For any project, gathering data is vital – how else can we understand the results of our efforts? For the Shubael Pond Innovative and Alternative Septic System Project, it is important for us to be able to measure how much wastewater and rainwater is flowing into the ground. It is also critical to understand and record the pond’s water temperatures and levels.
That’s where Laura Erban, one of the scientists we work with from EPA ORD, comes in. Laura installed a weather station this past August at Fair Acres Country Day School in Marstons Mills. The school is located on the pond’s shore, just opposite the Sand Shores neighborhood where the septic system pilot project is being conducted. This weather station was designed to collect and record data every fifteen minutes, and this data can then be viewed remotely.
In addition to being a great location for the weather station, Fair Acres also presented a great opportunity to teach the school’s students about water quality and how water flows. When Laura visited the weather station in October, she met up with eleven kindergarten students and their teacher Miss Linda to discuss the weather station and what it does. Not only did they have great questions for Laura, but these five-year-old children already knew about the water cycle — evaporation, condensation, and precipitation.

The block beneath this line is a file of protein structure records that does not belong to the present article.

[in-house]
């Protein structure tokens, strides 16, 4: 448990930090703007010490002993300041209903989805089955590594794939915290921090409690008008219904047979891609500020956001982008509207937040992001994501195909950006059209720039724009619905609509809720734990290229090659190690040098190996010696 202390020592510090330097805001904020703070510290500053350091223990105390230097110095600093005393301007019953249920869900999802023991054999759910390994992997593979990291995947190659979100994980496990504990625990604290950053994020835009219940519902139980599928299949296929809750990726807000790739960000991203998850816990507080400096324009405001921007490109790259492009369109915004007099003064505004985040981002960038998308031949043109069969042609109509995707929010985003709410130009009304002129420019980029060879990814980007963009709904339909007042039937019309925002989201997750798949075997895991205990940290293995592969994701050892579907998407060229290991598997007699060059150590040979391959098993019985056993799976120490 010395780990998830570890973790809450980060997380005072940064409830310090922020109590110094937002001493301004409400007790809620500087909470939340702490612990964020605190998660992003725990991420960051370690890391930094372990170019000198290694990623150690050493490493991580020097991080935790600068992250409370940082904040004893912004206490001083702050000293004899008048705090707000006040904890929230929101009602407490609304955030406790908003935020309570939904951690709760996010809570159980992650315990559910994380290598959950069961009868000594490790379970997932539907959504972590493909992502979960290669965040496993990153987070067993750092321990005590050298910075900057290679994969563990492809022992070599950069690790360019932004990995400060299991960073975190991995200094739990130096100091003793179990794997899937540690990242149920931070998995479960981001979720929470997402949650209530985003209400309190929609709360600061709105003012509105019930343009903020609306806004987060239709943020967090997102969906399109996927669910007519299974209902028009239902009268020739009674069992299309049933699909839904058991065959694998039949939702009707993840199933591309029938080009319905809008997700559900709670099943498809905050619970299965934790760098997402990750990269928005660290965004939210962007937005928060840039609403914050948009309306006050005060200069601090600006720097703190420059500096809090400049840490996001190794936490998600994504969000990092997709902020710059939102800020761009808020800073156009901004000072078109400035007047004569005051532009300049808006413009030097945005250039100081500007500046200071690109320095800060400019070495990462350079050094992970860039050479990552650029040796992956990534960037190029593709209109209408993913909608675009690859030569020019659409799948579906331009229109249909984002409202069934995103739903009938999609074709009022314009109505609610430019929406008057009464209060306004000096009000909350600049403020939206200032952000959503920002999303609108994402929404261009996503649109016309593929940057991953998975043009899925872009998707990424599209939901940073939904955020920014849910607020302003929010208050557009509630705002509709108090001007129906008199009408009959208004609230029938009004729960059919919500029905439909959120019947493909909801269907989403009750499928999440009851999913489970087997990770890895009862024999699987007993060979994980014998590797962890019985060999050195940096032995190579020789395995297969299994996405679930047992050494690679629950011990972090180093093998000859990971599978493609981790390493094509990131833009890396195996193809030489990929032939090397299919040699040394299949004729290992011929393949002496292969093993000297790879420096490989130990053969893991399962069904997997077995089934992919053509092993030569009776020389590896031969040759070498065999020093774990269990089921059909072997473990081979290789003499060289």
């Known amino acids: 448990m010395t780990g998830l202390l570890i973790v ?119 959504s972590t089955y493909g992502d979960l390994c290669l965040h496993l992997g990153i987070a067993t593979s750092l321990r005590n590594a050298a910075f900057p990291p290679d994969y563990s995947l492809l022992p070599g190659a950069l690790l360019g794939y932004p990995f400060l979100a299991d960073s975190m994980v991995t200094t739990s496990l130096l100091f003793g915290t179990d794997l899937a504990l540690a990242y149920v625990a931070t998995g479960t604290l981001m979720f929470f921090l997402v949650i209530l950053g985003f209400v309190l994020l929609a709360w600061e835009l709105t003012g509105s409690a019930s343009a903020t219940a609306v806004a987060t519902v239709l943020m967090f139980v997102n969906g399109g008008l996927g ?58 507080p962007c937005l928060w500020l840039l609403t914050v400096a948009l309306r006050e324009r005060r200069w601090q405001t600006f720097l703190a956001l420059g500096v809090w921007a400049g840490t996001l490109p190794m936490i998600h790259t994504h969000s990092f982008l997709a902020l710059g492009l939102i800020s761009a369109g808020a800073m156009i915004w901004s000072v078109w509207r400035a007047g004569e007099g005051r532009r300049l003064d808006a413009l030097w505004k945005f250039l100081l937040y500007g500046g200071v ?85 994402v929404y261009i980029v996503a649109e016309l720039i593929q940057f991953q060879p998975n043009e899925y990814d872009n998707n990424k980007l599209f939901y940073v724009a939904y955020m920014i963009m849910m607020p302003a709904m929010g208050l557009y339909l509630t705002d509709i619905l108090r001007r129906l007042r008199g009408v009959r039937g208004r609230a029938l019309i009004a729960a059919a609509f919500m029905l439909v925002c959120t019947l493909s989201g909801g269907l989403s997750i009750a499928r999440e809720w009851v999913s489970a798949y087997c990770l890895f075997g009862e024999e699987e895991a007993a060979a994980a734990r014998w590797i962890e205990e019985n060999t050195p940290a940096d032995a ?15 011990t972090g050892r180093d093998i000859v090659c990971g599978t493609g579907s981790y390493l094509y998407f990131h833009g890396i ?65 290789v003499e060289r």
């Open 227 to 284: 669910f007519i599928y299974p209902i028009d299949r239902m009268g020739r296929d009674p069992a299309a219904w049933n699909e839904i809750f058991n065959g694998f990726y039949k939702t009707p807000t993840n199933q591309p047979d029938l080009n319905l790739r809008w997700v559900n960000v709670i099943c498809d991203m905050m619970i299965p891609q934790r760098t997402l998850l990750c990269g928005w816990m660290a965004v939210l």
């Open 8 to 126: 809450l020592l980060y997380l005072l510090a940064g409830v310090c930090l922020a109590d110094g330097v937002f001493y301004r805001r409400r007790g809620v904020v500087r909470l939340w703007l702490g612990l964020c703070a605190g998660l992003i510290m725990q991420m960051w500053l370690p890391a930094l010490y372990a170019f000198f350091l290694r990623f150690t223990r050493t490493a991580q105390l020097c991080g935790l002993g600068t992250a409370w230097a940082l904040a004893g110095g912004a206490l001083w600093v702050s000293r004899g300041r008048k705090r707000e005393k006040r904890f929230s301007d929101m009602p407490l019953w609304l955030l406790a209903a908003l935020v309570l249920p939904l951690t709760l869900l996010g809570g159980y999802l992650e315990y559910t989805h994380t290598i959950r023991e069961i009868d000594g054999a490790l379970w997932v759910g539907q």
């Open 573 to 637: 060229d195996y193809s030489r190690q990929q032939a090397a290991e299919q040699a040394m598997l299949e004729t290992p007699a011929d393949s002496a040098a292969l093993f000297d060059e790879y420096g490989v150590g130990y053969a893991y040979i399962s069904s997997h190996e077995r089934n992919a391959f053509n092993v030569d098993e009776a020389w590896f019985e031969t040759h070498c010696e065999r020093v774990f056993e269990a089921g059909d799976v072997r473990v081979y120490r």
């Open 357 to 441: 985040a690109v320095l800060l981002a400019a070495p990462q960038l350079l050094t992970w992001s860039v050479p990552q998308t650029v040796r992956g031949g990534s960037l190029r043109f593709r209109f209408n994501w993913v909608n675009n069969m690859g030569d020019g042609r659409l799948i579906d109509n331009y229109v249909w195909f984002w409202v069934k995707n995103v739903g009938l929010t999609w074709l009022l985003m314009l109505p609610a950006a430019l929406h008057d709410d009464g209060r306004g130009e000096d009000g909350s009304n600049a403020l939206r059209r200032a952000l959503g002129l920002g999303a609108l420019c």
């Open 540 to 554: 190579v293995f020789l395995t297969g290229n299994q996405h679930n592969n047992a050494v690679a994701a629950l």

As Laura noted, these children are the future stewards who will protect our watersheds. We are grateful to be able to work with partners like Laura and the Fair Acres Country Day School.